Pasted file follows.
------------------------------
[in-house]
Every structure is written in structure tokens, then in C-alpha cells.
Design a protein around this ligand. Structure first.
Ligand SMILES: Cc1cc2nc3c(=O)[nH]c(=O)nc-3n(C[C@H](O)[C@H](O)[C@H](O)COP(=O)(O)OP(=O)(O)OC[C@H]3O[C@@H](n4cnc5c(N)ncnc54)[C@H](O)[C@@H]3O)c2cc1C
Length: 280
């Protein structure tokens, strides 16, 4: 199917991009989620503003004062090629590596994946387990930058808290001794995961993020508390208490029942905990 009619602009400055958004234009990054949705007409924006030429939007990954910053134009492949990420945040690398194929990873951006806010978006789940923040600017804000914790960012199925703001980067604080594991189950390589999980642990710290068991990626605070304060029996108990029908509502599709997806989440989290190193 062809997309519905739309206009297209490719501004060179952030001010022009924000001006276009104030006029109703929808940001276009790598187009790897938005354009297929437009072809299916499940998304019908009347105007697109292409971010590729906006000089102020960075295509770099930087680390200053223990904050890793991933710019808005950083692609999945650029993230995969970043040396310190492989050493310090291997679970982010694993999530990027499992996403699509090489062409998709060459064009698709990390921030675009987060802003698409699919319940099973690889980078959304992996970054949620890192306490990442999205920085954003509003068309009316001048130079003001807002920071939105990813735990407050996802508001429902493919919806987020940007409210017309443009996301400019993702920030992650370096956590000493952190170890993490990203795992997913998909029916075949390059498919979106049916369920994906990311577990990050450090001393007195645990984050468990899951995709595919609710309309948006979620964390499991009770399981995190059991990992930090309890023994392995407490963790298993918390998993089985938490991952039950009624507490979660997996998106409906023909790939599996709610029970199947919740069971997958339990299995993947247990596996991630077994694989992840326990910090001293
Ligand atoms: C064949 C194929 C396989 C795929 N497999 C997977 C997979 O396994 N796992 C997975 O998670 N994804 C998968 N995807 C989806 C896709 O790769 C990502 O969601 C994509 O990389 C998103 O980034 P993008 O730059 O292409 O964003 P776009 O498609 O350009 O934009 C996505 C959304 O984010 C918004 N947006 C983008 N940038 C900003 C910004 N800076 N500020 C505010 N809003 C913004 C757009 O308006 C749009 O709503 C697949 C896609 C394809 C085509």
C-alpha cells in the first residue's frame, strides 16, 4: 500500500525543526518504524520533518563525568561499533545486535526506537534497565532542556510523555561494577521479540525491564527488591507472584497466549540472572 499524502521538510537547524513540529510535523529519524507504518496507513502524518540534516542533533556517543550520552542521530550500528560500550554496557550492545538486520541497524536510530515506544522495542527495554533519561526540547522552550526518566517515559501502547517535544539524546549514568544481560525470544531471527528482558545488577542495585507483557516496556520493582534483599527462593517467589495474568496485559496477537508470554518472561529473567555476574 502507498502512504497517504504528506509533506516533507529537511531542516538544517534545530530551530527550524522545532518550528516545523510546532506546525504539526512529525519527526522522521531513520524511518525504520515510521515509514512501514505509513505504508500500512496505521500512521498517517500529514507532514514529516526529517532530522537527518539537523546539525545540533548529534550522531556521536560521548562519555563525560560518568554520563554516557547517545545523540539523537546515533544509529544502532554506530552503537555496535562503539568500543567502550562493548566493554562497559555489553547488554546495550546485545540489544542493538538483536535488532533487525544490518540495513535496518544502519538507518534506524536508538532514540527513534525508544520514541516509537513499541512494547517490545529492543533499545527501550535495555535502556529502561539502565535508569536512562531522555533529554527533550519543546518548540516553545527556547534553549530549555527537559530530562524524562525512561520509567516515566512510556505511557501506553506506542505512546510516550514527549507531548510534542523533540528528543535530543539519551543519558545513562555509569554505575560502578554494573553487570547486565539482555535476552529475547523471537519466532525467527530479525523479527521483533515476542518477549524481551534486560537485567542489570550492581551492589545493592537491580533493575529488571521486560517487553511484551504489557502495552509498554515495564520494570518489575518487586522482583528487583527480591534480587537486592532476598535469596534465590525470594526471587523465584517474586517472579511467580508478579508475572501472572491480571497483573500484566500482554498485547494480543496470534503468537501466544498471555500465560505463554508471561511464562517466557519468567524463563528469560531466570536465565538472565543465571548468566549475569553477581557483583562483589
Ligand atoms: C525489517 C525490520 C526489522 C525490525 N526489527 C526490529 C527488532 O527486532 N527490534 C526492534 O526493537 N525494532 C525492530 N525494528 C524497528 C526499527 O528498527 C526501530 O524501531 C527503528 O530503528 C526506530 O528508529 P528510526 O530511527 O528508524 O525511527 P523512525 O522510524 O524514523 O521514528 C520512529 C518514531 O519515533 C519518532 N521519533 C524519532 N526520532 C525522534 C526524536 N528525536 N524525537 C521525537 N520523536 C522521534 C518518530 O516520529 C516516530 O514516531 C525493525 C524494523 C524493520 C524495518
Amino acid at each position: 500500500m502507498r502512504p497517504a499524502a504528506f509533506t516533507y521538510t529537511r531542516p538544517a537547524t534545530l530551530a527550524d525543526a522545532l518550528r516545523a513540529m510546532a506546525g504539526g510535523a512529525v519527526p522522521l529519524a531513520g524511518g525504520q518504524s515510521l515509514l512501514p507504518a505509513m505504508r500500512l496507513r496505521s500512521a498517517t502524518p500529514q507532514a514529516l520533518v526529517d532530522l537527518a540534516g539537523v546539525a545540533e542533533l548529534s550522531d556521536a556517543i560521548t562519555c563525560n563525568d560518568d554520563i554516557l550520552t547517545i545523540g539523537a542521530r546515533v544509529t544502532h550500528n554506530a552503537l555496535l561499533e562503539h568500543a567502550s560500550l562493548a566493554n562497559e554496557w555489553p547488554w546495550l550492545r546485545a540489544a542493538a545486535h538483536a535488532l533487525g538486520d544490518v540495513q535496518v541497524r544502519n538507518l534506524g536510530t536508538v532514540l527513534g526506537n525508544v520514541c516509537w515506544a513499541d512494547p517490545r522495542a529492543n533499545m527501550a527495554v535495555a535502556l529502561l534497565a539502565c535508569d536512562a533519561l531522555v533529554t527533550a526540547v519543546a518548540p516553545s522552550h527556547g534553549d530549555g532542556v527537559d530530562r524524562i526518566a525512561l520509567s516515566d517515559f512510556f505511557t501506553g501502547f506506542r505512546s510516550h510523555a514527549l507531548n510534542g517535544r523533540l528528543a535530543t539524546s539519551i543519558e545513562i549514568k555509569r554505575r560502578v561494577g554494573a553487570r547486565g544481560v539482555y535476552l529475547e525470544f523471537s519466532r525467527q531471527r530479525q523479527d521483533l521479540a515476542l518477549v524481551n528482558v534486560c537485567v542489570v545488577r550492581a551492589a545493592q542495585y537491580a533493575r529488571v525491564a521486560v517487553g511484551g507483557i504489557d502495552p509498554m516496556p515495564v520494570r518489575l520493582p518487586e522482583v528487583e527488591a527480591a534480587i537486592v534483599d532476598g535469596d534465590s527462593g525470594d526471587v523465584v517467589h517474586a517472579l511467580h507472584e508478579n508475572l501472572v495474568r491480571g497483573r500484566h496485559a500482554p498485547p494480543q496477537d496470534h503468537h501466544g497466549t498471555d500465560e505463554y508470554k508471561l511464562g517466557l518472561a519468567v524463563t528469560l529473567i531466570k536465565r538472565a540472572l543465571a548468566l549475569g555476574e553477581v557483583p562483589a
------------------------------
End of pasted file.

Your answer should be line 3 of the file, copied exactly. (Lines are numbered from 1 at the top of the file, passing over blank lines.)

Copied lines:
Design a protein around this ligand. Structure first.